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K M T P - 'With Love, K M T P' Album Release Tour

K M T P - 'With Love, K M T P' Album Release Tour

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Tour Information
To celebrate the release of their debut album 'With Love, K M T P' K M T P is traversing Aotearoa!

30/09/23 - Tāmaki Makaurau / Auckland - Flying Out Instore
06/10/23 - Ōtautahi / Christchurch - Space Academy (Solo)
07/10/23 - Ōtepoti / Dunedin - Yours (Solo)
14/10/23 - Te Whanganui-a-Tara / Wellington - Vogelmorn Hall
20/10/23 - Tāmaki Makaurau / Auckland - Whammy Bar

‘With Love, K M T P’ is an album which feels distilled from long times and great distances. “Two days is a long time”, Paterson sings – packing a few bars of music with a thousand agonising moments. Earlier in the album, “2021 Was Fun” invests that recent time with such poignant nostalgia, it turns years into decades.

It’s a grandeur and depth of feeling that K M T P’s Keria Paterson has grown into. Born of a world-weariness and self-assurance that was only hinted at on their 2020 EP ‘P.S C U SOON’, this is the kind of debut that feels like it’s making good on the promise of that earlier worker – the same vision, only cleaner, deeper, more refined.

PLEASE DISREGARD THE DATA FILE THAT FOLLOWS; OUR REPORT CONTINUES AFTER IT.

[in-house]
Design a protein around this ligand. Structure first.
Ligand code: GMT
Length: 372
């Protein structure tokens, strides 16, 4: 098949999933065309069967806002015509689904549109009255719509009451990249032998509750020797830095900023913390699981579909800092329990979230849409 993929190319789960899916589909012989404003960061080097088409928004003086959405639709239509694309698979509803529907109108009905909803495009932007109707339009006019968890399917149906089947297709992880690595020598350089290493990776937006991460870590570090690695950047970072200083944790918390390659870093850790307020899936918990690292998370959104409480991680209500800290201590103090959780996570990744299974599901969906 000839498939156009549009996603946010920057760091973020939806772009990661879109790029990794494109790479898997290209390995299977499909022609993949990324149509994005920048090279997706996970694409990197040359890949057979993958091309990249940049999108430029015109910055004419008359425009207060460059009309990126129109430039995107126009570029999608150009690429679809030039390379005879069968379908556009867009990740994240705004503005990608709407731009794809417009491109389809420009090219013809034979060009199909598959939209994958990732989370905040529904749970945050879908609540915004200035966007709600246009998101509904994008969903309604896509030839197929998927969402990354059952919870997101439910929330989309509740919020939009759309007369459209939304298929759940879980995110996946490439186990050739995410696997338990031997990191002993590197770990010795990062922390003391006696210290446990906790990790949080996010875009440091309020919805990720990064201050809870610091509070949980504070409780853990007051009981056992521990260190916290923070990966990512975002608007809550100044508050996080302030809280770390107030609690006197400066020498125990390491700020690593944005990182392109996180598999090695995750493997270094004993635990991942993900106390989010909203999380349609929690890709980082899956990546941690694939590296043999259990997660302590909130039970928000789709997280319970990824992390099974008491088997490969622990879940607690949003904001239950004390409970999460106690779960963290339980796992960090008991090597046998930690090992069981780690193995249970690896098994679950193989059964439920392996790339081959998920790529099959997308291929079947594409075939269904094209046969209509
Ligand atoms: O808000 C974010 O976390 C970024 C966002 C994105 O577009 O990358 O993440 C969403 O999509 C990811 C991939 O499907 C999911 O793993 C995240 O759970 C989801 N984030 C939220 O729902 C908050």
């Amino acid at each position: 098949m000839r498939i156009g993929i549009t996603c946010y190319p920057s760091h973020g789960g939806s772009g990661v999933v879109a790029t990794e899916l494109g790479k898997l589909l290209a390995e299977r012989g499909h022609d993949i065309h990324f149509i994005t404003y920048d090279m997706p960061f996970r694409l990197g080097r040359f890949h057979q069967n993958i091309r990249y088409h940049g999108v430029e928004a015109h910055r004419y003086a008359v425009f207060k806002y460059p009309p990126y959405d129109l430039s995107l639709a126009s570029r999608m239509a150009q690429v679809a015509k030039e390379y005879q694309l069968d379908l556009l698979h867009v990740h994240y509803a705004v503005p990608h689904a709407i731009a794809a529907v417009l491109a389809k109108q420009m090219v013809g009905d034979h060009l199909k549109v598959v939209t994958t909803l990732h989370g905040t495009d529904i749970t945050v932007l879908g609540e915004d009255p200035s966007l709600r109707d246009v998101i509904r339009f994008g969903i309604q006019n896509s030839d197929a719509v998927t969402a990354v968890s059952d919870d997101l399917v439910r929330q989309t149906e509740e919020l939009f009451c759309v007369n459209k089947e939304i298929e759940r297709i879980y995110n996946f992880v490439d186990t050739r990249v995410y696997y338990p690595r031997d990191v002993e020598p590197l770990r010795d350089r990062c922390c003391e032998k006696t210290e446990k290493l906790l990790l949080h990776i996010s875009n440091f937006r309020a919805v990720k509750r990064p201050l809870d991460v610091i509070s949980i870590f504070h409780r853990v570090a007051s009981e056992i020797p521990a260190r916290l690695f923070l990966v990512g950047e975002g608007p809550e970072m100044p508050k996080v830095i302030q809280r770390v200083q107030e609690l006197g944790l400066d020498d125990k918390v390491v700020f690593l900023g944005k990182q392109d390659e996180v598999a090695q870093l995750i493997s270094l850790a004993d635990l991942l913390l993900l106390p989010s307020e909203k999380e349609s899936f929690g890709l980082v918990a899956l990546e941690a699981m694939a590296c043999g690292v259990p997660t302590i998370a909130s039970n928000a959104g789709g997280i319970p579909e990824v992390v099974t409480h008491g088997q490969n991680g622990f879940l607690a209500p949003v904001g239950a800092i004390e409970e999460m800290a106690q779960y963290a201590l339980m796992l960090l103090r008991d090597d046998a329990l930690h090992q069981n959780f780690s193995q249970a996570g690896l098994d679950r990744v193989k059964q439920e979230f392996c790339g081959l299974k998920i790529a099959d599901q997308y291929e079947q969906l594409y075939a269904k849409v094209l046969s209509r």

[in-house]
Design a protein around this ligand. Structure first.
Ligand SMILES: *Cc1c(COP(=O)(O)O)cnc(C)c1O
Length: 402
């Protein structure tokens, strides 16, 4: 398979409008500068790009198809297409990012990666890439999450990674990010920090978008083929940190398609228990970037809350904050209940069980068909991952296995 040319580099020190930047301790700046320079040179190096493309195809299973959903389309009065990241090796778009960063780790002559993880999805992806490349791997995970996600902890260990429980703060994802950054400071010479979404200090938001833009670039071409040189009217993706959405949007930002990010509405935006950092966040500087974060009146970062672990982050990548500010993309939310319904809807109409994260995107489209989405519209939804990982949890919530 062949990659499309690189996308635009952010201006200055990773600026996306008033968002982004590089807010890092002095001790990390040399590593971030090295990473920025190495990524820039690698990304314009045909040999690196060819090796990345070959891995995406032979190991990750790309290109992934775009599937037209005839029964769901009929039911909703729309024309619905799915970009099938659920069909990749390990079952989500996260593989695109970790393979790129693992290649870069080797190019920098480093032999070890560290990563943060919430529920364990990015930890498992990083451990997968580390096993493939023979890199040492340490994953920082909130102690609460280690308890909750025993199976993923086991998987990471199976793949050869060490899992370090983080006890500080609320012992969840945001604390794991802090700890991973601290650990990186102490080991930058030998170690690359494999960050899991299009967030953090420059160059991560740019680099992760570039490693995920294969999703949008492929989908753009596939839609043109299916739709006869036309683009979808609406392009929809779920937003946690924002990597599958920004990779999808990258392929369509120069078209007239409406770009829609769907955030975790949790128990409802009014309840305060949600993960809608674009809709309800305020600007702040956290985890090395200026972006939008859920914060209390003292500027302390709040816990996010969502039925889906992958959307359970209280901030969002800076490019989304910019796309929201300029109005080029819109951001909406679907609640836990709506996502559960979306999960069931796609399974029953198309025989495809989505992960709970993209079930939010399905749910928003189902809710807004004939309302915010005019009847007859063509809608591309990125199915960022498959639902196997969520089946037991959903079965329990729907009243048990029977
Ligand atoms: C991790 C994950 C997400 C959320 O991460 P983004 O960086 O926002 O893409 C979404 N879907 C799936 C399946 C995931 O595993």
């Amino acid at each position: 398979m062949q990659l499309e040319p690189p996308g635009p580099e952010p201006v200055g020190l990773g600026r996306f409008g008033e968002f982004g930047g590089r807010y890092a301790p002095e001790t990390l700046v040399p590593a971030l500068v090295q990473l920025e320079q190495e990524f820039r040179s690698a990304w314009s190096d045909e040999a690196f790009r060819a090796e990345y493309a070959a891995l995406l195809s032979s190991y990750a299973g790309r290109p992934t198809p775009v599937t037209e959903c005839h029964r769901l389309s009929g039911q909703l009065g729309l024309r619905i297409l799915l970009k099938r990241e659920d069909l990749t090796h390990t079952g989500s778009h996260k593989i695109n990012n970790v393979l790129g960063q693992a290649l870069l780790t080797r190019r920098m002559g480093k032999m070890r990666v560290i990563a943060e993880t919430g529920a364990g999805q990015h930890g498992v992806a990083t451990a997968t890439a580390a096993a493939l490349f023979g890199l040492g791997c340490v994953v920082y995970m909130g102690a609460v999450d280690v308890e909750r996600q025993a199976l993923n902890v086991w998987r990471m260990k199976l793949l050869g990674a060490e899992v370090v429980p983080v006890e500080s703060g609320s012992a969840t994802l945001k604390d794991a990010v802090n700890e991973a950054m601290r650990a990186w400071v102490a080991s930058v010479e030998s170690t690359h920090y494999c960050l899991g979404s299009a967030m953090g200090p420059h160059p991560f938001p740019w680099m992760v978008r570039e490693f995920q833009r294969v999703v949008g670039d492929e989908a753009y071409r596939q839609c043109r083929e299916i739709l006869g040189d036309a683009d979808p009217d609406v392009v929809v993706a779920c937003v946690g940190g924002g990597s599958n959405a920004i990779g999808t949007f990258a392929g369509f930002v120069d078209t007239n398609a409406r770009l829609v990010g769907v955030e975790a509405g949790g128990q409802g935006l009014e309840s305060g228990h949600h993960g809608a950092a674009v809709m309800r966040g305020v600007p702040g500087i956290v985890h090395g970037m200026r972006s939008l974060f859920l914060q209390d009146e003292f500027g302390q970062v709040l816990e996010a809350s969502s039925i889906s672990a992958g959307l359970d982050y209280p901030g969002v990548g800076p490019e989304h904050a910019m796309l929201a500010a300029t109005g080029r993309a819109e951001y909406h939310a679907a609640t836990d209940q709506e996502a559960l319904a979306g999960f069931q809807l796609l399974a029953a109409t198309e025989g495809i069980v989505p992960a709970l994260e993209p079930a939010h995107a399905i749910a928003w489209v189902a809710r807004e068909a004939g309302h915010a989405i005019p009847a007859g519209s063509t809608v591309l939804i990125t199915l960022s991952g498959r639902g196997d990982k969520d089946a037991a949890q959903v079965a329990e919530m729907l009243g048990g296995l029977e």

Key to that vision is an unmistakably Aotearoa take on emo: campfire acoustic strums leading into churning walls of distortion, voices hoarse from last night’s roadtrip sing-along, trumpets trading solos with third-hand synthesisers. It’s a studio project for sure, but Paterson and producer Peter Ruddell (Wax Chattels, Sulfate) have built every impossible layer of guitar into a whole that’s deeply organic – every unexpected new sonic texture becoming the welcome entrance of an old friend.

At the centre is Keria's devastatingly direct songwriting, the heavy-heartbeat soundtrack to losing direction, finding love, and figuring yourself out. Deceptively simple and disarmingly earnest, every song feels well-worn and quietly anthemic – equally at home, blaring in the stadium, or discovered on a long forgotten mix CD. It’s a blend of midwest chime, Britpop bounce, shoegaze churn, and bedroom experimentalism that brings to mind the best/noisiest of Flying Nun, but is all Paterson’s own.

“I hope I’m well,” they sing on the album’s last track, “I hope that I see you again.” It’s safe to say that this is an album that will see listeners returning countless times, squeezing out every minute of regret, every second of wistful nostalgia, every metre of headlight bright road.